The Securities Act of 1933 (the "Securities Act") and the Securities Exchange Act of 1934 (the "Exchange Act"), and the rules adopted by the Securities and Exchange Commission (the "SEC") pursuant to these statutes, have served as the primary laws governing disclosures to shareholders and the marketplace in connection with, among other things, offerings of securities, the purchase and sale of securities, proxy solicitations, tender offers and formal and informal reporting of corporate performance and developments in SEC public filings and press releases.
In addition, federal courts have interpreted the federal securities laws to imply causes of action not specifically set forth in the statutes and to address claims brought as class actions. Typically, these claims can be brought against the corporation and its directors and officers, purchasers and sellers of securities, persons otherwise having a duty to investors who participate in the alleged disclosure violation (such as accountants and underwriters) and persons required to make public filings with the SEC.
State Common Law Theories
Notwithstanding the preeminence of the federal securities laws, disclosure claims have also been asserted under state common law theories such as common law fraud and negligent misrepresentation. In addition, disclosure claims have been brought against corporate directors based on theories of breach of fiduciary duty. The Delaware courts have recently addressed the scope and application of the fiduciary duty of disclosure, leaving open several questions, including its continuing viability in light of the recently adopted Securities Litigation Uniform Standards Act of 1998 (the "Uniform Act"). [Pub. L. No. 105-353, 112 Stat. 3227 (to be codified in various sections of 15 U.S.C).]
Private Securities Litigation Reform Act
In an effort to reduce what some have characterized as frivolous class action litigation brought under the federal securities laws, Congress enacted the Private Securities Litigation Reform Act (the "Reform Act") in December 1995 over President Clinton's veto. [Pub. L. No. 104-67, 109 Stat. 737 (codified in 15 U.S.C. §§ 77k-1, 77z-1 to z-2, 78u-4 to u-5, 78j-1 (Supp. II 1996)).]
The Reform Act contained various procedural reforms, including heightened pleading standards, a stay of discovery pending the resolution of motions to dismiss, a safe harbor provision for forward-looking statements and heightened judicial scrutiny of settlement terms.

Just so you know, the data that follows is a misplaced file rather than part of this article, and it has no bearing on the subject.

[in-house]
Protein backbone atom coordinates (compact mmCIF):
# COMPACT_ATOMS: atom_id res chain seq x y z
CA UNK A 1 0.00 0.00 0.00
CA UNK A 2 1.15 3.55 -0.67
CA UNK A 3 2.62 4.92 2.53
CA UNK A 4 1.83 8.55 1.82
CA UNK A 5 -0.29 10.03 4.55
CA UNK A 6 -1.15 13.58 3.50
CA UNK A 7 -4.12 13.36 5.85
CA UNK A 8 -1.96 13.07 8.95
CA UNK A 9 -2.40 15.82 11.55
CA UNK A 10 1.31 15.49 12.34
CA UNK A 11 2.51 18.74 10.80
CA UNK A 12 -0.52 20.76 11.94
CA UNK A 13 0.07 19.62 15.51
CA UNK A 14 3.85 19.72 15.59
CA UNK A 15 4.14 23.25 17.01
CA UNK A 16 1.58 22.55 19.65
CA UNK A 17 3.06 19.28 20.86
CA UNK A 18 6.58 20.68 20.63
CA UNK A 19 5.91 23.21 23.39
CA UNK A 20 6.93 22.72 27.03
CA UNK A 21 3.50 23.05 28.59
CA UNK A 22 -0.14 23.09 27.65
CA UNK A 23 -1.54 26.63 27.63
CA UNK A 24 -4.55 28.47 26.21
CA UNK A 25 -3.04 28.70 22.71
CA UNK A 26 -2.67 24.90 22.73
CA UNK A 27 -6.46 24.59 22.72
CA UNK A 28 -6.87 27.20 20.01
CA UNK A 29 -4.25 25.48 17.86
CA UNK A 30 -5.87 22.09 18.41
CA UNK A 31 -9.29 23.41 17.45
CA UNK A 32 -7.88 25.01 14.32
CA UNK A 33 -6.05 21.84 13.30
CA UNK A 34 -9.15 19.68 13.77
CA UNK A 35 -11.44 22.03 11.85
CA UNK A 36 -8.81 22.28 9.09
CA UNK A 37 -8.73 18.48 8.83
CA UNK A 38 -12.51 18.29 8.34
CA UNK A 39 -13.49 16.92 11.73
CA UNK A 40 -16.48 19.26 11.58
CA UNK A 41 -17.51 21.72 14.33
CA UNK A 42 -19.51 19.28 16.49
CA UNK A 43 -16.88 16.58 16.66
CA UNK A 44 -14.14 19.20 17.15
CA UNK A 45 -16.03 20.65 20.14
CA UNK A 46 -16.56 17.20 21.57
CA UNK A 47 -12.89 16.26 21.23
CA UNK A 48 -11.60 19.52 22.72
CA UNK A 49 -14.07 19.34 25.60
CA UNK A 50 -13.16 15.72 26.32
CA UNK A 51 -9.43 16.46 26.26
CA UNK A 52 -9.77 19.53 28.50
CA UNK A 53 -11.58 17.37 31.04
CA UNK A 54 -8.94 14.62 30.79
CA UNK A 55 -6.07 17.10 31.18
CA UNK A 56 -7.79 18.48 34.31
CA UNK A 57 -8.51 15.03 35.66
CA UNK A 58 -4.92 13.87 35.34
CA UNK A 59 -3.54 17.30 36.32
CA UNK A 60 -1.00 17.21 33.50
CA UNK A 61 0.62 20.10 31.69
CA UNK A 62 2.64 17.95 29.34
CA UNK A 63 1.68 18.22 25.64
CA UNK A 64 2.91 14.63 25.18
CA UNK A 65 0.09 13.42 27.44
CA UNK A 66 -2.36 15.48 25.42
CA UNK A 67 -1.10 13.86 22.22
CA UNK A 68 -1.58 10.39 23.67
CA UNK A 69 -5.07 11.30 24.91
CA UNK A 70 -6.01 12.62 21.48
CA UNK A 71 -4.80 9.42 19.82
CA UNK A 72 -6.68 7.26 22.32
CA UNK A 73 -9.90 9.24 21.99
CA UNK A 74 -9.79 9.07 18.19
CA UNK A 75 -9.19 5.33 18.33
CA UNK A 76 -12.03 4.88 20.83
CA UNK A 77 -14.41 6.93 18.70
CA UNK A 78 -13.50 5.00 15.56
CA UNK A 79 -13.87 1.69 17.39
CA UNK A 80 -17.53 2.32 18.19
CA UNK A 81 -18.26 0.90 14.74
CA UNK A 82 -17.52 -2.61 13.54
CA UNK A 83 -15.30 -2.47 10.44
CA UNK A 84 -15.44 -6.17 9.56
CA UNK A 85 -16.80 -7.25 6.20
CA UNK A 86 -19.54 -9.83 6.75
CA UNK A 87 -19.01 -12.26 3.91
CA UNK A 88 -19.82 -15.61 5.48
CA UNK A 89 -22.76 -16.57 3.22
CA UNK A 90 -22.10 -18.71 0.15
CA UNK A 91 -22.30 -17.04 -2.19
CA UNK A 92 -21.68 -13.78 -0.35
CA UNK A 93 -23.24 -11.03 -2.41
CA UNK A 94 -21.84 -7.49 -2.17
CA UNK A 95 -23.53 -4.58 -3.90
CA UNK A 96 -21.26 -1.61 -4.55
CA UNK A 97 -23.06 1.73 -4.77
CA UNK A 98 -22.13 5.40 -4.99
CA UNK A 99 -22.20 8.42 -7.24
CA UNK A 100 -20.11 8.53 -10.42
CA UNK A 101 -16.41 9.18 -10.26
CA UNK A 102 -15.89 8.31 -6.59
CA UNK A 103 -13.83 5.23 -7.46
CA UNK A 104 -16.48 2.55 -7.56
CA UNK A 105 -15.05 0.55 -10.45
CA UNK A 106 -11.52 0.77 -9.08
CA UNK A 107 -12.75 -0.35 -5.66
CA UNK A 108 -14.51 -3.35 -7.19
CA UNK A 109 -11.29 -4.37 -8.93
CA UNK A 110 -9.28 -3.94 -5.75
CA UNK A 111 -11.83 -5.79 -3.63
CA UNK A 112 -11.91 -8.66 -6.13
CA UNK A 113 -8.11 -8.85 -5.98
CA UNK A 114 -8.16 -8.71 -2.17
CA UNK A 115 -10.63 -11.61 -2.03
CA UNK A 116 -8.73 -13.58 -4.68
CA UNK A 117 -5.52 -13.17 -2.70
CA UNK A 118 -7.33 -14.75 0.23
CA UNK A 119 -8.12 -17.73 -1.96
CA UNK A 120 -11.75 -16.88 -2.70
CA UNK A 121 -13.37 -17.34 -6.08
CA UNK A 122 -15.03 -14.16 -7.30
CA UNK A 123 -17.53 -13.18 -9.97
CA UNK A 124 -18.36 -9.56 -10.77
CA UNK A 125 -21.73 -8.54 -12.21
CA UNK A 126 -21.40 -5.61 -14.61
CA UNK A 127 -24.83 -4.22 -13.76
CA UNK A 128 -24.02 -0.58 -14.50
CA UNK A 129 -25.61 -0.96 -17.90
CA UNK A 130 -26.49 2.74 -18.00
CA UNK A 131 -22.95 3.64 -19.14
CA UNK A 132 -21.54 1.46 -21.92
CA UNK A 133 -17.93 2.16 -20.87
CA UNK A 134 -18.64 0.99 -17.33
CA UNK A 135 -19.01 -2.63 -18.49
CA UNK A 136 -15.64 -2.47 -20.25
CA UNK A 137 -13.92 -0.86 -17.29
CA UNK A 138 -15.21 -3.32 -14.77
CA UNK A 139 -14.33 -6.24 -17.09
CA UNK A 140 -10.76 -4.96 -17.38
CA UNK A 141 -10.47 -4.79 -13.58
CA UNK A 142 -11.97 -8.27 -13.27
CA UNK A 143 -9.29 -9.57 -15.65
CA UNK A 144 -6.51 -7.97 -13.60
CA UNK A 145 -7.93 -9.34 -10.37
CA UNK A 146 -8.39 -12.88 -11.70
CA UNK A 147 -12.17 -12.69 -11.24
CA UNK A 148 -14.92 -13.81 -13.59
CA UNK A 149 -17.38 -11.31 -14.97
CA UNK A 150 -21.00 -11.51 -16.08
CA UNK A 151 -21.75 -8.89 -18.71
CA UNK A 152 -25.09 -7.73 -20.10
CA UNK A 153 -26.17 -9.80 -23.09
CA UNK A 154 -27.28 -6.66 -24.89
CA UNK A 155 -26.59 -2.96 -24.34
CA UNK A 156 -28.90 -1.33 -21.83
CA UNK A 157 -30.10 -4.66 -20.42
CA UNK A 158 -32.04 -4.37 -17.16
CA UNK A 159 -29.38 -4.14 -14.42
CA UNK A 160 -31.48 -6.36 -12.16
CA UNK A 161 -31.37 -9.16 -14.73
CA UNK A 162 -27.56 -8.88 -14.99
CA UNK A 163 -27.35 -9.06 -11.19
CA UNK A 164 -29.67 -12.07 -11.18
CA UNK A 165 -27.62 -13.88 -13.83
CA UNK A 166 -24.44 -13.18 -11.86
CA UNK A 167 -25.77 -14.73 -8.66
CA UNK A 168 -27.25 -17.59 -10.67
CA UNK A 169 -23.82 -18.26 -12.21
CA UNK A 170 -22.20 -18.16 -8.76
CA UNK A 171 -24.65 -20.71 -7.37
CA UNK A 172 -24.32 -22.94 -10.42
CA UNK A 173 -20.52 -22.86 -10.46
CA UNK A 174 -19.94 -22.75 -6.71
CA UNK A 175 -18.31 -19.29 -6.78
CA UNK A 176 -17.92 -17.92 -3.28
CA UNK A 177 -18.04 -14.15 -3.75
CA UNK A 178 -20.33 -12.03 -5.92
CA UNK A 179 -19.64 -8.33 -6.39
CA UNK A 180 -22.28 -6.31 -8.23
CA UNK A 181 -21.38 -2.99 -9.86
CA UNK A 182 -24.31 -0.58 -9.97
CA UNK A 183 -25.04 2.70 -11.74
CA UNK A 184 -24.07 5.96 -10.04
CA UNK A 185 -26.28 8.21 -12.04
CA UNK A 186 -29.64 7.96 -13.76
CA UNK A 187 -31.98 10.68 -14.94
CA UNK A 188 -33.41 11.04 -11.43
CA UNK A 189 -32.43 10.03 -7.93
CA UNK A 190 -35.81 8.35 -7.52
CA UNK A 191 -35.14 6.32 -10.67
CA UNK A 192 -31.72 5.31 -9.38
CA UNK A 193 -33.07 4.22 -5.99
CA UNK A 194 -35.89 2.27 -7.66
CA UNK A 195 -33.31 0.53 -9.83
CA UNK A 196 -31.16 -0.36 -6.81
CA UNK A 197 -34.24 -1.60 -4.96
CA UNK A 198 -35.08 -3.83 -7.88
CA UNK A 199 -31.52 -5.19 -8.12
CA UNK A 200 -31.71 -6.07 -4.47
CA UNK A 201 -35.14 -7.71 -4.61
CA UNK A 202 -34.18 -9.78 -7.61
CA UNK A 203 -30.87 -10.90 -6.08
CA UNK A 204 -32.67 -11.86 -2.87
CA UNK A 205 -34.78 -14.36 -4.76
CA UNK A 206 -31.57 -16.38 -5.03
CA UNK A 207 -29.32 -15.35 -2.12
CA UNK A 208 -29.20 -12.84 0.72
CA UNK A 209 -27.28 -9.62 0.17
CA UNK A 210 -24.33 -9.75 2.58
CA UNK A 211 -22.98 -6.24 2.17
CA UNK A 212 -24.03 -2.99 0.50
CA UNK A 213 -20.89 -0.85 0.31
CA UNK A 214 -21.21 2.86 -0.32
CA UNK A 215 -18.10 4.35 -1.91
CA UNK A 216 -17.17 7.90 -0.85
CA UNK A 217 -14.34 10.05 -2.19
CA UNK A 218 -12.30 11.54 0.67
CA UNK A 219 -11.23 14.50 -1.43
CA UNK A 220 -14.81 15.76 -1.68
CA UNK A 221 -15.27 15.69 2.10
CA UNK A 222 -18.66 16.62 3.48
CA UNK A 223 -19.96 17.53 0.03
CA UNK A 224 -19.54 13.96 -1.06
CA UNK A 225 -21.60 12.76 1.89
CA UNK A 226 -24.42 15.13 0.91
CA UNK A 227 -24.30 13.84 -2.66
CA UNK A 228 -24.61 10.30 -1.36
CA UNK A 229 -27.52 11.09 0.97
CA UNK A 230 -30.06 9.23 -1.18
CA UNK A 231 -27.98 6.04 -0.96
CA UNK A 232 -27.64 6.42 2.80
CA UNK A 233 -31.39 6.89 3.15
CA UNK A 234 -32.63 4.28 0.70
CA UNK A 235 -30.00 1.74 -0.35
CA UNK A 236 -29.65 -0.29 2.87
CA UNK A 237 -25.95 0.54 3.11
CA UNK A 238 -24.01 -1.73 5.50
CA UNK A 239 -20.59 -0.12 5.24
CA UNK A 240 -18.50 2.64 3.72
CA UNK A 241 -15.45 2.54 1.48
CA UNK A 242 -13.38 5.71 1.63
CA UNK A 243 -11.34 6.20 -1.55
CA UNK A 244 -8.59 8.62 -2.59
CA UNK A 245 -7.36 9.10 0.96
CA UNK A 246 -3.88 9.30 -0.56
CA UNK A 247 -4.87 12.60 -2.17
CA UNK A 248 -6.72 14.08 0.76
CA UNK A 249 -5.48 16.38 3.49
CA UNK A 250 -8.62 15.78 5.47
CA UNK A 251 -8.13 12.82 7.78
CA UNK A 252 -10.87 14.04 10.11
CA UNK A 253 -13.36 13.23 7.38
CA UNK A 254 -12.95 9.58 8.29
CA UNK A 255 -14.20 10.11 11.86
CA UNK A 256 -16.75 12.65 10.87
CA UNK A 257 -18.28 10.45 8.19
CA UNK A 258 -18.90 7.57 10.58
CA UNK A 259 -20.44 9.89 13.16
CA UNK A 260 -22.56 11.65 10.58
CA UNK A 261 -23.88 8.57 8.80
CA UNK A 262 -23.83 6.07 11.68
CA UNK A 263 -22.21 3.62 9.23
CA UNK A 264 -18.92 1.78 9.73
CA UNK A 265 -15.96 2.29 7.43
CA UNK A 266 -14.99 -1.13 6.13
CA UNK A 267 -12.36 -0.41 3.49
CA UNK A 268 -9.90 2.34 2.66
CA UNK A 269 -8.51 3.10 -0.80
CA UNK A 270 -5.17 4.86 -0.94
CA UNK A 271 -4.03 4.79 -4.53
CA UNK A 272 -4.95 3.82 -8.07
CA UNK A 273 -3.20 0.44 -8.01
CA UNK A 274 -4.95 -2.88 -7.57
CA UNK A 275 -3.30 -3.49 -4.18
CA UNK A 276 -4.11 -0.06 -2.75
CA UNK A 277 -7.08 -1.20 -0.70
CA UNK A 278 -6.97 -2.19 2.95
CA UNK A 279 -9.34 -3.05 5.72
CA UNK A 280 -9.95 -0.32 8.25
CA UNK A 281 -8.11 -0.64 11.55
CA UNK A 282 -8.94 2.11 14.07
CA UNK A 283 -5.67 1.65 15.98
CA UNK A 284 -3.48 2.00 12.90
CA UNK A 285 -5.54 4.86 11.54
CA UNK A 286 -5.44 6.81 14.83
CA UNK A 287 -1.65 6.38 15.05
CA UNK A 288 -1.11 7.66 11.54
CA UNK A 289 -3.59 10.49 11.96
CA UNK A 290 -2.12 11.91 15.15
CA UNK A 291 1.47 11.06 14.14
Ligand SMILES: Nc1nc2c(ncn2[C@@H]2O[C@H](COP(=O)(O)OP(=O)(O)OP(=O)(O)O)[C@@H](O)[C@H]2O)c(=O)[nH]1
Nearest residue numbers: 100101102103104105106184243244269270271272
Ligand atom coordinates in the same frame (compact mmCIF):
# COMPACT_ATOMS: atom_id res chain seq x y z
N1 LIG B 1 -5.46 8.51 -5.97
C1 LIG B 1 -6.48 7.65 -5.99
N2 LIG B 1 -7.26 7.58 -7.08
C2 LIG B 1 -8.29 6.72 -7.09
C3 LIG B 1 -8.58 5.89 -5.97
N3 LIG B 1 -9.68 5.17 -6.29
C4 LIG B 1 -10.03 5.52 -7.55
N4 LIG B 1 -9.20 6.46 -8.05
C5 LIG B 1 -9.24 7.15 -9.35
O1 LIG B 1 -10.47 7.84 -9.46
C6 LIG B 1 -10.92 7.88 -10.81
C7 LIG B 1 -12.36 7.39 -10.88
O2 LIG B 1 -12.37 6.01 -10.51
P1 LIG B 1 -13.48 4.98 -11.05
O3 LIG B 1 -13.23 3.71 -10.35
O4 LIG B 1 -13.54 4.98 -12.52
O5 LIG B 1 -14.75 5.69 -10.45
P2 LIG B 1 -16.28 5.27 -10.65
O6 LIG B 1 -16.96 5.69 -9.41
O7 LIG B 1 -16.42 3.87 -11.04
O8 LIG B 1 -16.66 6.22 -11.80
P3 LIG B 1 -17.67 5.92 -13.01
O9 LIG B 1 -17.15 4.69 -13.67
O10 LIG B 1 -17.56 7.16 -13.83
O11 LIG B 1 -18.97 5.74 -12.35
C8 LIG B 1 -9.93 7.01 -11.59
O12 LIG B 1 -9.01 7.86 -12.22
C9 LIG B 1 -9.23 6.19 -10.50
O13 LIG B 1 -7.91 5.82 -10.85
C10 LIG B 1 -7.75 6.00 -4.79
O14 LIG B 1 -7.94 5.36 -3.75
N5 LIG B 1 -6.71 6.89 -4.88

Following the enactment of the Reform Act, class action plaintiffs increasingly attempted to bring securities claims in state courts under state common law theories in order to avoid the constraints imposed on them under the Reform Act.
The Uniform Act
In response to the perceived increase in securities class actions brought in state courts, Congress enacted the Uniform Act. The Uniform Act prohibited class actions based upon state law alleging either an untrue statement or omission of material fact or the use of a manipulative or deceptive device or contrivance, in connection with the purchase or sale of a covered security as defined in Section 18(b)(1) or (2) of the Securities Act.Accordingly, the Uniform Act seeks to preempt state law fraud class actions in connection with the purchase or sale of a security. Significantly, the Uniform Act recognizes two important exceptions.
First, exclusively derivative actions brought by a shareholder on behalf of a corporation (which by their nature are not "class actions") are excluded from the Uniform Act. Second, the Uniform Act preserves state law class actions involving:
- the purchase or sale of securities by an issuer exclusively from or to the issuer's shareholders or
- any recommendation, position or other communication, with respect to the sale of the issuer's securities, that is made by the issuer to its shareholders concerning the shareholders' decisions with respect to voting, responding to a tender or exchange offer or exercising dissenters' or appraisal rights.
The implications of these exceptions, referred to as the "Delaware carve-outs," are best understood by a review of the Delaware law governing disclosure.
Delaware's Duties of Care, Loyalty and Good Faith
In general, Delaware recognizes that directors owe fiduciary duties to the corporation and its shareholders consisting of the duties of care, loyalty and good faith. [See generally Dennis J. Block, Nancy E. Barton & Stephen A. Radin, The Business Judgment Rule: Fiduciary Duties of Corporate Directors (5th Ed. 1998).]
The duty of care requires directors to act on an informed basis and the duty of loyalty requires directors to serve the corporation and its shareholders to the exclusion of all other interests. The duty of good faith is an overarching duty incorporating principles underlying the duties of care and loyalty.
Delaware law further provides that director decisions are presumed, under the business judgment rule , to be made in a manner consistent with their fiduciary duties and, accordingly, a plaintiff challenging director action bears the evidentiary burden to plead and prove facts that a majority of the directors possessed a disabling conflict of interest or failed to act with the requisite care or in good faith. If the plaintiff succeeds in meeting this burden, the business judgment rule presumption will not apply and the directors are required to prove the "entire fairness" of the transaction.